The role of the central bank in maintaining the stability of a nation’s financial system is paramount at all times, but especially during a crisis of the magnitude of COVID-19. Around the world, policymakers have intentionally shut down their economies for the greater good of public health. What specific emergency measures have the world’s top central banks taken to confront this truly unique peril to both physical and financial well-being?
“For the first time since the pandemic began, there is now hope for a brighter future.” That was the assessment given by the OECD (Organisation for Economic Co-operation and Development) on December 1 following the news of progress being made with coronavirus vaccines.
2020 has proved to be an eventful year for ISO 20022, with SWIFT (Society for Worldwide Interbank Financial Telecommunication) and other major market infrastructures opting to postpone the implementation of the new standard. Any assumptions that these delays will provide participants with a respite are unfounded; testing times still lie ahead, and internal project work should reflect this.
Belgium’s bank-insurer KBC Group has learned through experience that thinking differently and aiming for the next level is the surest way to meet its goals of enabling customers as they realize their dreams and protecting them as they progress. In our interview, CEO Johan Thijs explains how KBC is leading through one of the most challenging times the financial and insurance industries have experienced, with its focus trained on customers.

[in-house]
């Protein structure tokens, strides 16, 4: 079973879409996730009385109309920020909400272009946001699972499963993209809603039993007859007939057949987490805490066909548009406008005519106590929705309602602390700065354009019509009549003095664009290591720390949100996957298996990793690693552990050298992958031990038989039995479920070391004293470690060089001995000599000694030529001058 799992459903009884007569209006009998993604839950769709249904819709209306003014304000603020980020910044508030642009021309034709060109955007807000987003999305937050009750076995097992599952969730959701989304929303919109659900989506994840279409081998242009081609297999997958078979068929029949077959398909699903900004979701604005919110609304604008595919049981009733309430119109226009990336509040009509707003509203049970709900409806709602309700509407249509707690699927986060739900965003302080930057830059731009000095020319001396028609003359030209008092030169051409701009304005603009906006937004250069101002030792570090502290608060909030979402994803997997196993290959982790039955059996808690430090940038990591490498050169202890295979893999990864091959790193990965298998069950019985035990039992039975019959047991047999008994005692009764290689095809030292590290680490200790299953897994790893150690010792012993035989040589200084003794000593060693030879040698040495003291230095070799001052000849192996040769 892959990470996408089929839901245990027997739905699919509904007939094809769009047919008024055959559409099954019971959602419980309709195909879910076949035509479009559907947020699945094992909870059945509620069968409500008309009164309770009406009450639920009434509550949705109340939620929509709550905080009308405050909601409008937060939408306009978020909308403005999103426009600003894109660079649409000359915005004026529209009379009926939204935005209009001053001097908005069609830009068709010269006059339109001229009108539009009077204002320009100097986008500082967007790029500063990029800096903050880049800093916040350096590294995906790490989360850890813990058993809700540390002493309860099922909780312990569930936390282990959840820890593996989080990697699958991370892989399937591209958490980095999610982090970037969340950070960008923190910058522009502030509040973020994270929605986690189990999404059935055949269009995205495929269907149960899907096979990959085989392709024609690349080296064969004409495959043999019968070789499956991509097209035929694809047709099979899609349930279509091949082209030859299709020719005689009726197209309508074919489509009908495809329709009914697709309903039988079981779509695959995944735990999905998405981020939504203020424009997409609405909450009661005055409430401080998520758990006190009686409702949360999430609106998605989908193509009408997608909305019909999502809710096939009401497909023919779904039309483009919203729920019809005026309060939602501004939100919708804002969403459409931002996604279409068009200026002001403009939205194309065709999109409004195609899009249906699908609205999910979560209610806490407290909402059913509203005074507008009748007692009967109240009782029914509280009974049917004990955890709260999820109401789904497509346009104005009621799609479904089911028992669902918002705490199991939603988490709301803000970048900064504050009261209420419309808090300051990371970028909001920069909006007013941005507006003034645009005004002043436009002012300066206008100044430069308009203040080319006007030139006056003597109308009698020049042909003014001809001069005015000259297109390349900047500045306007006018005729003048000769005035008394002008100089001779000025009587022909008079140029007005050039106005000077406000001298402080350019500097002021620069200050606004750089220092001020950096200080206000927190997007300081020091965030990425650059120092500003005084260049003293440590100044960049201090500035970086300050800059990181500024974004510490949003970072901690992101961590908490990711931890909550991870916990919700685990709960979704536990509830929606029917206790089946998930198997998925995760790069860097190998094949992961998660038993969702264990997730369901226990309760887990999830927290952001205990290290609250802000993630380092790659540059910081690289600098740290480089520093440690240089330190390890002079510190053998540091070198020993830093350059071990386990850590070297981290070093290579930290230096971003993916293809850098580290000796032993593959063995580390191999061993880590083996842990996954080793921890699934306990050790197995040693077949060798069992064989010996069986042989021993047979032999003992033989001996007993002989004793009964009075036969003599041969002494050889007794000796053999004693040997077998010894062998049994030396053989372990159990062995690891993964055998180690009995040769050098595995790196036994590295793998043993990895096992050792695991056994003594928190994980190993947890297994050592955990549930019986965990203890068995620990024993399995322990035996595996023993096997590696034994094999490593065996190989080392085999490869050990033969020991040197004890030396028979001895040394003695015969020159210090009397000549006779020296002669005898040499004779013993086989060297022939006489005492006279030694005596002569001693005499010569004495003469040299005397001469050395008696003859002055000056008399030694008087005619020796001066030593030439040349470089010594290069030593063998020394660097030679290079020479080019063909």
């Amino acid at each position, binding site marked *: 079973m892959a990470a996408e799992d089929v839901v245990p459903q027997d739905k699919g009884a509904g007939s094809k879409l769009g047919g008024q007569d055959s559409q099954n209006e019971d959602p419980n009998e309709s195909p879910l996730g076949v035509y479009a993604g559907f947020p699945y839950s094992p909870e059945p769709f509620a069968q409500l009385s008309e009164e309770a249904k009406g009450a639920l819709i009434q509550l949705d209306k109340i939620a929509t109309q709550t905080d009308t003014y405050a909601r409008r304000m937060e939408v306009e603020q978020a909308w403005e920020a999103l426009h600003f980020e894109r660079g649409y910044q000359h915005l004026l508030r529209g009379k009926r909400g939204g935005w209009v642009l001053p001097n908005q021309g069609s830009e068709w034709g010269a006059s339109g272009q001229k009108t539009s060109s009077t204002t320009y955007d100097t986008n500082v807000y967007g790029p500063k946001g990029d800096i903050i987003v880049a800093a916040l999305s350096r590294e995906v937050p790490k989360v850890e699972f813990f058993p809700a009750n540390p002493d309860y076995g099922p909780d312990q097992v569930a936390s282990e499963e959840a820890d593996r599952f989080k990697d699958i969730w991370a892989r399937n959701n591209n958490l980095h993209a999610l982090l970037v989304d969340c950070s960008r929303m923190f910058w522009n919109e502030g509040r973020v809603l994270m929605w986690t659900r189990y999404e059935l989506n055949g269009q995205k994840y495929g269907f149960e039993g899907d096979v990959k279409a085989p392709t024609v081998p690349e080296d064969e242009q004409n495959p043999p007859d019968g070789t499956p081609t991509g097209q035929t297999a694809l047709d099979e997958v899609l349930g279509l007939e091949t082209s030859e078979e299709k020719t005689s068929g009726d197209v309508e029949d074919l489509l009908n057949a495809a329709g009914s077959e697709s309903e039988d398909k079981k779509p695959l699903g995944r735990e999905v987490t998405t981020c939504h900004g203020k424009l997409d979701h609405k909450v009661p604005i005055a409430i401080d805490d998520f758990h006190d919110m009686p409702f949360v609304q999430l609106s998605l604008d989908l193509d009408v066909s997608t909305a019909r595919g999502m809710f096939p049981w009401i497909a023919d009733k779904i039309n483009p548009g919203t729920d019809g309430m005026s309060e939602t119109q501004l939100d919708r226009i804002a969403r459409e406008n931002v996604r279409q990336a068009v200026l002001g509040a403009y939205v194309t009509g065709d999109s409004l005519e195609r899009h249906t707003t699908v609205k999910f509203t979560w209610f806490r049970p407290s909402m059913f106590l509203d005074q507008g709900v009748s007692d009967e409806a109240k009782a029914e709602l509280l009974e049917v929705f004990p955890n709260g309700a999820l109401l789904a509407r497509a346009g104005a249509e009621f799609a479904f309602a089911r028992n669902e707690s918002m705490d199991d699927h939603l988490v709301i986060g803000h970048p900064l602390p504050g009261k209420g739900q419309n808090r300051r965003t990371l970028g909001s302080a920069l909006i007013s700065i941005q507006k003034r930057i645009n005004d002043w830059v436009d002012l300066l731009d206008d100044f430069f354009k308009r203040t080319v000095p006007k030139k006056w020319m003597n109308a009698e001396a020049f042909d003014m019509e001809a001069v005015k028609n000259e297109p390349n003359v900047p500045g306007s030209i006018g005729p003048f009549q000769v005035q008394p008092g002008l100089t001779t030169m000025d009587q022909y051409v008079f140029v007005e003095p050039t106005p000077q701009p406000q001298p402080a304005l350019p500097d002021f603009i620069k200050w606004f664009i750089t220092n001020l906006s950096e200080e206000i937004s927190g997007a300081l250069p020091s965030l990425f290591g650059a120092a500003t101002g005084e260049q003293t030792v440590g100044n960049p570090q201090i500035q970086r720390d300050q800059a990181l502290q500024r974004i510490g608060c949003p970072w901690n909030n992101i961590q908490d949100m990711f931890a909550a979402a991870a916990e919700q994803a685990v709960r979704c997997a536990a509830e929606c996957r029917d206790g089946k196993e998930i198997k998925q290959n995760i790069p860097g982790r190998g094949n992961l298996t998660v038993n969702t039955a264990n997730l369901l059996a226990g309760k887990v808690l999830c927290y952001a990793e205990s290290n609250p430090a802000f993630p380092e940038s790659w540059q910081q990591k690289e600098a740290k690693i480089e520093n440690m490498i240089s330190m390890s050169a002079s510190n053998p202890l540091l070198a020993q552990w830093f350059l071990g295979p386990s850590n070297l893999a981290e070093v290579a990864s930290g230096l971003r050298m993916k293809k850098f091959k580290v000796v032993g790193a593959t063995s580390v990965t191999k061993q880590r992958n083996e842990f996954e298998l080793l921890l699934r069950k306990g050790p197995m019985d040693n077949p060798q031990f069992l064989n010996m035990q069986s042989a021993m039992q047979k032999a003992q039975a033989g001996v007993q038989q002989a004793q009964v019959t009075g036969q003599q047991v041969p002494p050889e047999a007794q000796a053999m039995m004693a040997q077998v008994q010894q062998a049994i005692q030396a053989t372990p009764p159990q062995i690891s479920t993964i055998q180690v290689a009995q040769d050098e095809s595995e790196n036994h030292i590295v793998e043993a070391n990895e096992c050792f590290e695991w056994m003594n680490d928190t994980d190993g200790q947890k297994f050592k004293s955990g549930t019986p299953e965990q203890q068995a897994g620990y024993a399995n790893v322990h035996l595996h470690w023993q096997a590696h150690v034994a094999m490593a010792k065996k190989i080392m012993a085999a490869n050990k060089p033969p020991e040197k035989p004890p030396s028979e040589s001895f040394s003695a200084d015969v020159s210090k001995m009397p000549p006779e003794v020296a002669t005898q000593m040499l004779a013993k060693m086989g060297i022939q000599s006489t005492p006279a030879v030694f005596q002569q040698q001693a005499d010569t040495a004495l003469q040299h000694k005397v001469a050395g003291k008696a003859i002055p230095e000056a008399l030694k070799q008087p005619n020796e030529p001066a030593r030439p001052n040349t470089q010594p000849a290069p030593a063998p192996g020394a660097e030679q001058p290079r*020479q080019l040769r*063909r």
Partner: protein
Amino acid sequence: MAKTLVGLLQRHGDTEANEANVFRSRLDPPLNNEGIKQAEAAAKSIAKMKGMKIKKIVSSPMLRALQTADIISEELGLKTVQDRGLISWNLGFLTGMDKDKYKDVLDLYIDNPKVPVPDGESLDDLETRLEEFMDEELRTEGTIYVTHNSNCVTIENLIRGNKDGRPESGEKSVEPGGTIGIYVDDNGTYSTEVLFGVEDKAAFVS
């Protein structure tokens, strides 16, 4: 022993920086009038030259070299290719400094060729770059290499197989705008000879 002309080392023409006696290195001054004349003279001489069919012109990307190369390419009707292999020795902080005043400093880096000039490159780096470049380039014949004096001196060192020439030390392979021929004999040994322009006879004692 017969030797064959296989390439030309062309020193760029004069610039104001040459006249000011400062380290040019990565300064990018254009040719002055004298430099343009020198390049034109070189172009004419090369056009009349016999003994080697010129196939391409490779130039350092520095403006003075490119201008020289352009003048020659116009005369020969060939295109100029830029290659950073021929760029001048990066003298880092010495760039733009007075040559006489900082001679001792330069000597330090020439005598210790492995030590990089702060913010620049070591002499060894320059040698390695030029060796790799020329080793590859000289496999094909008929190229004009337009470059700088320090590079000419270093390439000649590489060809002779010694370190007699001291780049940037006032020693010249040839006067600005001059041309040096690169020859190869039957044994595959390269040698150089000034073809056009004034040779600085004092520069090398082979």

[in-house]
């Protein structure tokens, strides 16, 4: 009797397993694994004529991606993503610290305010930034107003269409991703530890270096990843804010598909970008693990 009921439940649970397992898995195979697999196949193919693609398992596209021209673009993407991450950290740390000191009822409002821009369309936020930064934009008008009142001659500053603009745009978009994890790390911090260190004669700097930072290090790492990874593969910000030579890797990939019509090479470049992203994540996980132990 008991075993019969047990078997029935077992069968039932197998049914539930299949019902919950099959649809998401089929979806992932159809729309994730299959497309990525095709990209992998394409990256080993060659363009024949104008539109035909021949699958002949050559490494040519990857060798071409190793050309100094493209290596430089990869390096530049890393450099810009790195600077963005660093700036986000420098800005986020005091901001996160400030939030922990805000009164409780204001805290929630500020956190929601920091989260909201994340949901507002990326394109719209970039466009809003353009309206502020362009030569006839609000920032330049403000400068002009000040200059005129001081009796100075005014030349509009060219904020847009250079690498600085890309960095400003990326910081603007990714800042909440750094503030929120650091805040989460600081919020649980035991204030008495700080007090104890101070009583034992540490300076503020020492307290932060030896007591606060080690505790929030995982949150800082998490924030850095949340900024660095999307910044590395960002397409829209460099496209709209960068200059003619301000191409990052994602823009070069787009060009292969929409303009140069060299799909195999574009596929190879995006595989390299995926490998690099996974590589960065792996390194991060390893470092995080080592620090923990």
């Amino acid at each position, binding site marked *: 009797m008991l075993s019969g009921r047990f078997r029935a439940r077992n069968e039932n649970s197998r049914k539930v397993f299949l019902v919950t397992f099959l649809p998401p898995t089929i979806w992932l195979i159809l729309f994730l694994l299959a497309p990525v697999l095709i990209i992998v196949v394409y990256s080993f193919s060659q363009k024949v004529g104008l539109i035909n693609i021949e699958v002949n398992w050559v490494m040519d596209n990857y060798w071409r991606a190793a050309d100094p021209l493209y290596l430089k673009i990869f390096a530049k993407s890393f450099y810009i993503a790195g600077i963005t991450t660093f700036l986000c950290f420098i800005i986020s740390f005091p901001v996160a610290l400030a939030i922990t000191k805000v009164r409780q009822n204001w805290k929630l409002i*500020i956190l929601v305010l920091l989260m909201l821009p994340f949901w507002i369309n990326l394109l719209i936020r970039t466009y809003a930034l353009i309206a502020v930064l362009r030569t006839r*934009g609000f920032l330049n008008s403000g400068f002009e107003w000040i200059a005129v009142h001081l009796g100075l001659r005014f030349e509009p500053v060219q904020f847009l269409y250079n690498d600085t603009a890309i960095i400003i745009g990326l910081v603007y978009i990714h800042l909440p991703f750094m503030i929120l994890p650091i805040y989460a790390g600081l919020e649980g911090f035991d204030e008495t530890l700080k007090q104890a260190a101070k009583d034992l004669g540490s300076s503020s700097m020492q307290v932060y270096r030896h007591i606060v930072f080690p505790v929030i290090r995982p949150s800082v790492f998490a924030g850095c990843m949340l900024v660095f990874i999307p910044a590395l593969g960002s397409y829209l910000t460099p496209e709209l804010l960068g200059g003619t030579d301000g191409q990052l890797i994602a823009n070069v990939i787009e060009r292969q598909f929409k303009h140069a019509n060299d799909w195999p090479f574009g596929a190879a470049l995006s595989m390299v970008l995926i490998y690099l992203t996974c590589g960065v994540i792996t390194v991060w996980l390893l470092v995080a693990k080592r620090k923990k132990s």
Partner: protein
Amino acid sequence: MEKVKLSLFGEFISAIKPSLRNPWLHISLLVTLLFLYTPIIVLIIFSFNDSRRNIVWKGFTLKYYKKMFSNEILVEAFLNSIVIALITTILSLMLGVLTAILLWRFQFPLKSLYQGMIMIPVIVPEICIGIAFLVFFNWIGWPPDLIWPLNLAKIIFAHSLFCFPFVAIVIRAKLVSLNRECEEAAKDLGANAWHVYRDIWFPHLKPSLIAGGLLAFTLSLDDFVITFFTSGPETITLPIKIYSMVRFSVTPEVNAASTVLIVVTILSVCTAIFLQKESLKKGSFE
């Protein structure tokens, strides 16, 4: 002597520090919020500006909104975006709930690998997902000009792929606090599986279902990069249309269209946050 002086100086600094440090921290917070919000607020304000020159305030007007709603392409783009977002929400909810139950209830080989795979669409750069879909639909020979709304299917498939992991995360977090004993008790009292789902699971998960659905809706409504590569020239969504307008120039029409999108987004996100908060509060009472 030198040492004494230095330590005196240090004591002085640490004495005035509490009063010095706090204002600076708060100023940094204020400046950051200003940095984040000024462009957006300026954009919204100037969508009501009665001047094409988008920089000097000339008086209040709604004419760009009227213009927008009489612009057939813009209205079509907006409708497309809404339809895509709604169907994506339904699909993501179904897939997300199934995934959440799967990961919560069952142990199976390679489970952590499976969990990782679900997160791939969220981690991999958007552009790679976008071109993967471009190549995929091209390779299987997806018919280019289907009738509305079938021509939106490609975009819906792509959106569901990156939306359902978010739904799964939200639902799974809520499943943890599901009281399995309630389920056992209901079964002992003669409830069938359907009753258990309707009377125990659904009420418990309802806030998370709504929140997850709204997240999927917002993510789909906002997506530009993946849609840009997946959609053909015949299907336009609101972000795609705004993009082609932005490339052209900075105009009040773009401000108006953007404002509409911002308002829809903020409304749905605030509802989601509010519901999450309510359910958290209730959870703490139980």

Problems have continued to mount for the German banking sector in 2019. According to Ronit Ghose, the global head of banks research at Citibank, German lenders are in a much worse position than their European counterparts—and that even includes Italy when it comes to profitability.
It is fair to say that the banking sector in Latvia is now being closely scrutinised in a manner that it has not experienced in recent times. The latter half of February in particular witnessed a series of major incidents being reported that have severely dented confidence in the diminutive Baltic nation’s banking industry.
The Markets in Financial Instruments Directive II (MiFID II)—a major package of financial reforms for European markets—is due to be introduced at the start of 2018. The new rules are aimed at providing considerably more protection for investors
Catalonia’s drive for independence from Spain is nothing new, but it crystallized in the Catalan parliament’s recent vote for independence. On the surface, it may appear that this relatively prosperous northeastern region would be better off if free from its mother country, but the long-term repercussions may not be rosy; the most likely outcome is that the political row will settle on middle-ground.
Italy’s banking sector, mired in bad debt and low profitability, has been labelled Europe’s weakest, but fortunately it is making progress in addressing long-standing issues—with a little help from the government. Recent bank bailouts have given renewed hope to struggling lenders, while raising concerns that the arrangements conflict with Europe-wide rules prohibiting the use of taxpayer funds to bail out failing banks.
The US dollar is the world’s reserve currency, the representation of US economic might on the global stage and the de facto currency unit for the overwhelming majority of financial assets.